The majority of the 80 million people of Egypt live in abject poverty. They do not even have cell-phones let alone smartphones like the iPhone or the Droid. They go to kiosks to make calls. A pretty substantial number of them have NEVER used the internet and do not have email accounts: the complicated mechanisms of self-promotion and information gathering and sharing on social networks is not a part of their lives – they have never had the money or the resources to get access to this other world which often lives in the relatively more affluent neighborhoods like Zamalek or Garden City or Mohandaseen—all within some walking distance of where the dissent started in Tahrir Square.
The majority of the protesters in Cairo, in Suez, in Alexandria, in Luxor, in Mahalla, in Mansoura and all over this ancient land which is the very heart of what it means to be Arab – are not “twittering” or “facebooking” or “emailing” or even watching the landmark live coverage that Al-Jazeera is providing. They are out on the streets – and yes, without phone access – risking their lives and giving vent to three decades and perhaps more, of anger.
In any case, it seems important to know the provenance of these leaks now if they’re not going to be universally distributed. Otherwise, they’re no different than “anonymous sources”.
Now, we can see in real time how a press-inflamed rumor is shaped and spread. The Telegraph initially reported that the conference the unnamed activist attended was:
a US-sponsored summit for activists in New York
The actual redacted cable names the conference, “Alliance of Youth Movements Summit.”
Here’s how the Summit is described on its own website:
From December 3-5, 2008 the First Alliance of Youth Movements Summit took place at Columbia Law School in New York City. Streamed live on Howcast.com and MTV.com, the Summit brought together 17 inspiring leaders who shared how they used online tools to create social change.
The Summit was organized by Howcast Media with additional support from Facebook, Google, YouTube, MTV, Columbia Law School, the U.S. Department of State and Access 360 Media.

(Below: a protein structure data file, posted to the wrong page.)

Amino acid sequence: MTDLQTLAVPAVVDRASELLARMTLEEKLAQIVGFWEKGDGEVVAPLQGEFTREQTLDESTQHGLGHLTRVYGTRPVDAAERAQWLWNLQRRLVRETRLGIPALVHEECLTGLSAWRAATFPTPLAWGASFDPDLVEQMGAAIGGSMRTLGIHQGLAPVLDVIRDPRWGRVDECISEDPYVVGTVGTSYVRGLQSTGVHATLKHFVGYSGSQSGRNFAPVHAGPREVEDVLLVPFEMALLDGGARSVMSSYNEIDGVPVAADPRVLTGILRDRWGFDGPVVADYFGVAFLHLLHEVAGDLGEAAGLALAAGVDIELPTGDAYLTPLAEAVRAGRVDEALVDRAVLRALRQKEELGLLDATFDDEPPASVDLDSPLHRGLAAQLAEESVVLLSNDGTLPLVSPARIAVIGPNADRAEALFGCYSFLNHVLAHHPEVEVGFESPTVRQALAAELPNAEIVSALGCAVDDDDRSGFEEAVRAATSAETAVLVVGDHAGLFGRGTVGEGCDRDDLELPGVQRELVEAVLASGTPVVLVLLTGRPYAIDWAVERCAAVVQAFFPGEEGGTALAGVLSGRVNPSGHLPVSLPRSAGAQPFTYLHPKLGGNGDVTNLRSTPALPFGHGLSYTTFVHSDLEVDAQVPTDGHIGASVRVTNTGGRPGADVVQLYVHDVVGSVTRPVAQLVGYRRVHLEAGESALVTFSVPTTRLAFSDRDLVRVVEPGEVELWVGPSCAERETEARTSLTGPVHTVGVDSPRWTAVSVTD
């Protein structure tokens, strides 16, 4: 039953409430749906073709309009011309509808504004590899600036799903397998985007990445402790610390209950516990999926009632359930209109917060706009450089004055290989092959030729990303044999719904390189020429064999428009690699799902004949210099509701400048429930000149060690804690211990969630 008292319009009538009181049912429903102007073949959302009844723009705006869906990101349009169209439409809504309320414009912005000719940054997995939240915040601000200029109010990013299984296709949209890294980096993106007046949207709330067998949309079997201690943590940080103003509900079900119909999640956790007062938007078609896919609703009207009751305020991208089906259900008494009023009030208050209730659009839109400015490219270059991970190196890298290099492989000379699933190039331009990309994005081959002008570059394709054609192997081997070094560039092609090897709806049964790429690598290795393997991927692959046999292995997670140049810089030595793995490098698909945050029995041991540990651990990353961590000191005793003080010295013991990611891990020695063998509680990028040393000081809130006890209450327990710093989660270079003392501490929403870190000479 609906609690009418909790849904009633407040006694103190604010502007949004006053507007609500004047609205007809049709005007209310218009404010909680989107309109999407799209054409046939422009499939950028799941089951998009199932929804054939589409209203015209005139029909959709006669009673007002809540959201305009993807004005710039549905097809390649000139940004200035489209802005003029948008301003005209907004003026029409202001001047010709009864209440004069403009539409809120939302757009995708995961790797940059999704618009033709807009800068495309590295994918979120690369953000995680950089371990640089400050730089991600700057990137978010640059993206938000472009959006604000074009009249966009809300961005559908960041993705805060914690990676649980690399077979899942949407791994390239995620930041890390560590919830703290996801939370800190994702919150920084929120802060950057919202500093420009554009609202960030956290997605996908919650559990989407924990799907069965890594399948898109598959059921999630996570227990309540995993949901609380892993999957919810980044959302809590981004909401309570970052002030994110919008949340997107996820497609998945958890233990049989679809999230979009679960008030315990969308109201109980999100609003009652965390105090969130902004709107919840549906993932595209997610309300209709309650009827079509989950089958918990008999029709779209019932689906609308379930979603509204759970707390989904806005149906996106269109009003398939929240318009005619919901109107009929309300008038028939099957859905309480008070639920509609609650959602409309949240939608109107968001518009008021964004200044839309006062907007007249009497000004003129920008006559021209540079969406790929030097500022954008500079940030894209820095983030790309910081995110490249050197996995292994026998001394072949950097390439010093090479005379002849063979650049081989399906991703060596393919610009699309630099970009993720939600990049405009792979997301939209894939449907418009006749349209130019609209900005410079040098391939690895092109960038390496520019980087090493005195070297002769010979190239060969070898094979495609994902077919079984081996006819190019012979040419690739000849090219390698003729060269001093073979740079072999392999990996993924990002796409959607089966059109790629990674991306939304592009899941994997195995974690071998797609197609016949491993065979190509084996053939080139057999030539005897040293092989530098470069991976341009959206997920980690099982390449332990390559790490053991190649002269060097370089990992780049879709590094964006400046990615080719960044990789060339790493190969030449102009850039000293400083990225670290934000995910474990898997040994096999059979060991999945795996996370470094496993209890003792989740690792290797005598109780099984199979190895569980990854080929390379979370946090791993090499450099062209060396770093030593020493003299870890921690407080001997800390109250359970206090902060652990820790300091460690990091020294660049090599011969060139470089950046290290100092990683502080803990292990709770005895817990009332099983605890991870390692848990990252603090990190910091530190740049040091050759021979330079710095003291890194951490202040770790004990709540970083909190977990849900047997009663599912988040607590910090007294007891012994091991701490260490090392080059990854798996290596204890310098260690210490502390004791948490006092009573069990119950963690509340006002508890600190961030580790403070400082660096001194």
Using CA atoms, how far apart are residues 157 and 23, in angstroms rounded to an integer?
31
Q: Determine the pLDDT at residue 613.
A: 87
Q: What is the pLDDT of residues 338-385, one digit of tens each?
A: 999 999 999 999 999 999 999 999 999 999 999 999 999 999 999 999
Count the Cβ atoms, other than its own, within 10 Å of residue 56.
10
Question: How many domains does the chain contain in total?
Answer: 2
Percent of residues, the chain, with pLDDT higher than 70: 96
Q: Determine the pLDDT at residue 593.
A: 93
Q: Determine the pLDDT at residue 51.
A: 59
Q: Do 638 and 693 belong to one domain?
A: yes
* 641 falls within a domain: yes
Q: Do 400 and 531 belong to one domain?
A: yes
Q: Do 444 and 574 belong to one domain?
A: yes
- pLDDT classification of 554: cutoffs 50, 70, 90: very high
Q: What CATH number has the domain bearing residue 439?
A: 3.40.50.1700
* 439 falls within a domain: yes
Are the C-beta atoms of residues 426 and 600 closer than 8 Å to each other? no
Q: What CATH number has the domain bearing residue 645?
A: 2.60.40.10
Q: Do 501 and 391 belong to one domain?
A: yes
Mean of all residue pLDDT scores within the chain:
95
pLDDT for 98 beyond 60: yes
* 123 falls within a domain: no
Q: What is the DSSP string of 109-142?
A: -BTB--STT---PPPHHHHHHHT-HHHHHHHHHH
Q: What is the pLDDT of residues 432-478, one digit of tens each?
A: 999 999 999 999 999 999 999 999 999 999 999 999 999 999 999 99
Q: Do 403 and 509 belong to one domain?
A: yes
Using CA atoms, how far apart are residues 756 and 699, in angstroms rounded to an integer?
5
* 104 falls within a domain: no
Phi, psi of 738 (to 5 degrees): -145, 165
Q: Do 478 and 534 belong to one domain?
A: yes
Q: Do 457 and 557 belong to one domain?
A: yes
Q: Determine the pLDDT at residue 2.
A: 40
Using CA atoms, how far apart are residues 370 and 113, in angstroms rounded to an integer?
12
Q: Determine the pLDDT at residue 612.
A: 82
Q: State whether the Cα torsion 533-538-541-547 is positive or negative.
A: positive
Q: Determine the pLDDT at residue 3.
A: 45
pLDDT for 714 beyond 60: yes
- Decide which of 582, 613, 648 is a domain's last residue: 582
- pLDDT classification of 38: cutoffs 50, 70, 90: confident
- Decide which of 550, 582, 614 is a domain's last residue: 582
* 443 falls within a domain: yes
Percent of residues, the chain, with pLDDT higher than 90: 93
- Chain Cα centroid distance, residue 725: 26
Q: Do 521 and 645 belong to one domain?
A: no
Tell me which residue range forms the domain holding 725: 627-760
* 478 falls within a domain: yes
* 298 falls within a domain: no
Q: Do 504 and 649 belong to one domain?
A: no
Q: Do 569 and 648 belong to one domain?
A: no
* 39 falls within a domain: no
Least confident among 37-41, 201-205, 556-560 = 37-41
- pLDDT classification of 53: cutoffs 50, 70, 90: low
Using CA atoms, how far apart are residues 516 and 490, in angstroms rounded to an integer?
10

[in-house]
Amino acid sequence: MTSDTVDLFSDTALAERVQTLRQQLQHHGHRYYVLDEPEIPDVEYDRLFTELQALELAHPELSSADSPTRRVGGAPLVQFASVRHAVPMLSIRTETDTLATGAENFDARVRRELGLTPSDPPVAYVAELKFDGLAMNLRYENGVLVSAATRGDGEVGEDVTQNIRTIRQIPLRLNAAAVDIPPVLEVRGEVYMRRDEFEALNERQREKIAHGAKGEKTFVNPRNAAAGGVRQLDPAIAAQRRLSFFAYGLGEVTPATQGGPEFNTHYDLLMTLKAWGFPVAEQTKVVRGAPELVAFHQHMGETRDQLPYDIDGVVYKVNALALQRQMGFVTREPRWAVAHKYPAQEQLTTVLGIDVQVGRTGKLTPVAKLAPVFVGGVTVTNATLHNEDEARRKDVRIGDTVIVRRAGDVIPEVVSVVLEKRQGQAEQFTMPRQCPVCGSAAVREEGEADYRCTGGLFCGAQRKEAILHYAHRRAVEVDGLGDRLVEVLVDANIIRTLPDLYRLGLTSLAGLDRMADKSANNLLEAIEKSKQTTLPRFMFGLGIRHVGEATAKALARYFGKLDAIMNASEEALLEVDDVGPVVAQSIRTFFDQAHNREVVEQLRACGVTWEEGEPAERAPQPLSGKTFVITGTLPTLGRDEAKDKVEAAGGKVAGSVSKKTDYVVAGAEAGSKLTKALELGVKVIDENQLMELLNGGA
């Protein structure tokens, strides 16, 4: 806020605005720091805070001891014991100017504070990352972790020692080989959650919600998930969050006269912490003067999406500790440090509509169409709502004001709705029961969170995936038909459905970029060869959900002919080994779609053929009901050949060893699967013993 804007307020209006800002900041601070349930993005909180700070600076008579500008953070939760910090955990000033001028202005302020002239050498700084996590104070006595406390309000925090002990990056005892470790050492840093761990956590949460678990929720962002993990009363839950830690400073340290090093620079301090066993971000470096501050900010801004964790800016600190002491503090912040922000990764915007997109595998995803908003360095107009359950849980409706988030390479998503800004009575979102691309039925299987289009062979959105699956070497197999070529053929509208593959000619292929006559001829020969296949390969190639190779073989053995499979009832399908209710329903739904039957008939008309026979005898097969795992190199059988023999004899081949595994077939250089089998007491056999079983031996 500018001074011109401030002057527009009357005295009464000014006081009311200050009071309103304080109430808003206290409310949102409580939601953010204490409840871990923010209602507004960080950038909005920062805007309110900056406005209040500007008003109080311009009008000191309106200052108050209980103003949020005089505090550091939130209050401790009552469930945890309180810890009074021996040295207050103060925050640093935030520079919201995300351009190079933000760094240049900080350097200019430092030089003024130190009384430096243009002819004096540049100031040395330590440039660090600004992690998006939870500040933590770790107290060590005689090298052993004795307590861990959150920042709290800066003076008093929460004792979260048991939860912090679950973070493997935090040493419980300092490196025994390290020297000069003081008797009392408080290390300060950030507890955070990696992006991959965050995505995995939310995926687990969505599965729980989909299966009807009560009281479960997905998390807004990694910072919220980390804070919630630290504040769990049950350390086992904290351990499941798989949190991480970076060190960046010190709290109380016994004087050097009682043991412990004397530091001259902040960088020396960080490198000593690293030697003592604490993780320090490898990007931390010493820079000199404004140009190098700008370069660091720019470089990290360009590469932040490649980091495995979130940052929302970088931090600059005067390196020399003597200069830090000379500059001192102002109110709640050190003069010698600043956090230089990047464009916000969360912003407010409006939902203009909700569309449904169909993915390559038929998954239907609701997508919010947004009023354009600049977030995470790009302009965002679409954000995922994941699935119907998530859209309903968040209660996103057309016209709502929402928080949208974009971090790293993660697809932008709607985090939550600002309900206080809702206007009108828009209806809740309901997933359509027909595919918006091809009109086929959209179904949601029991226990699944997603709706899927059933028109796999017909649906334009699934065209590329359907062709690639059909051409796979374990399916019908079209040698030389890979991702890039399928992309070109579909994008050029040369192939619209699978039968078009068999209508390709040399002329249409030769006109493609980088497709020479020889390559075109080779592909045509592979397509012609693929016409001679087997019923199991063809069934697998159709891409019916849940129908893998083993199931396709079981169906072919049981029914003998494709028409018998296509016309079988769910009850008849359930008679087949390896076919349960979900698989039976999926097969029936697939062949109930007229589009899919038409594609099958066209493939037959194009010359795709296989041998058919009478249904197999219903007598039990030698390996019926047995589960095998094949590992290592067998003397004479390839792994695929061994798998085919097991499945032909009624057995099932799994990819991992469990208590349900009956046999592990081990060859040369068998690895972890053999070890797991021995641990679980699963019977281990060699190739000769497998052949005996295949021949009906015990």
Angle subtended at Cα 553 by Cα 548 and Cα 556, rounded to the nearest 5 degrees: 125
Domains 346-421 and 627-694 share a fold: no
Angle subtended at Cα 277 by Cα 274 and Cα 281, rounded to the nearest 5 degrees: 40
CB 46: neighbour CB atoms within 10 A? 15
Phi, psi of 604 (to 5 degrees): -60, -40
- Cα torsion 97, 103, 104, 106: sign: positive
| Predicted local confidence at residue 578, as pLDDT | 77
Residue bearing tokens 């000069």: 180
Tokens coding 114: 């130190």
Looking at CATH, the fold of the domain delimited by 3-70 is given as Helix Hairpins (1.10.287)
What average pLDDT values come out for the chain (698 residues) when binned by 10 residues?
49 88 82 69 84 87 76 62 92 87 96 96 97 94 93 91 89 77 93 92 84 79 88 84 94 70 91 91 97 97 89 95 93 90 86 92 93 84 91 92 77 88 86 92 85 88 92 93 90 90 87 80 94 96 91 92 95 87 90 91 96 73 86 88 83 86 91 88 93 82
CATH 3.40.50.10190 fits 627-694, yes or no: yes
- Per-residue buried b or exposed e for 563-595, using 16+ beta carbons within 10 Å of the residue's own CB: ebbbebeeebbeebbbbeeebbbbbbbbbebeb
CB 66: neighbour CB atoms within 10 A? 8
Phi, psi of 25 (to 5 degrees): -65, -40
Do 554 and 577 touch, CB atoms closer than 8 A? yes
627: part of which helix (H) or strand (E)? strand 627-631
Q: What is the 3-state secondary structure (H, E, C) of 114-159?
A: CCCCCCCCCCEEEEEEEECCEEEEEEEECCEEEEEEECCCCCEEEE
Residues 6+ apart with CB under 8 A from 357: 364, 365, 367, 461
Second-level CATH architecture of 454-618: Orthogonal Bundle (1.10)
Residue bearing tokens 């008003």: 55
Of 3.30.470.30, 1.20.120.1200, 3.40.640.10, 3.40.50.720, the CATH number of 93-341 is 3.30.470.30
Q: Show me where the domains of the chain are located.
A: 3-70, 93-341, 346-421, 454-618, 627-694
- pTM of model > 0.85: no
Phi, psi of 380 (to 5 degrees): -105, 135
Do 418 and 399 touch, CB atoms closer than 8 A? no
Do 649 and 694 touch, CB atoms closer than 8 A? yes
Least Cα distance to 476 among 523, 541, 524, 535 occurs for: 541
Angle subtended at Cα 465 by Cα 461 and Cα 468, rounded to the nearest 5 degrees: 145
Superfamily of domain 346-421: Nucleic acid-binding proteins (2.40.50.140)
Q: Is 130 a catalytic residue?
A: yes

Speakers at the Summit included:
*Whoopi Goldberg, Host of ABC’s “The View”
*Dustin Moskovitz, Co-Founder, Facebook
*James K. Glassman, Undersecretary for Public Diplomacy and Public Affairs, U.S. Department of State
*Oscar Morales, Founder, One Million Voices Against the FARC
*The Obama Campaign’s New Media Team
*Matthew Waxman, Associate Professor of Law, Columbia Law School
Panel topics included How To Mobilize in a Challenging Environment, How To Use Online Media to Create Social Change and Building a Global Movement. View the whole agenda, watch the discussions and view the presentations here.
These discussions contributed to the construction of Creating Grassroots Movements for Change: A Field Manual and the launch of a new organization, The Alliance of Youth Movements that will work to help other organizations use online technology to advance their causes.
And here’s how YNet news now describes the Summit:
According to the report, the US-backed figures have been planning a regime change for the past three years.
Moreover, the American embassy in Cairo has helped a dissident travel to New York to attend a conference on the matter, while keeping his identity secret from Egyptian authorities.
That’s how a pretty mainstream and meaningless photo op for the Obama administration hosted by noted master-spy Whoopi Goldberg will soon become known as a secret US conference on the covert overthrow of the Mubarak regime through a fake and constructed grass roots movement.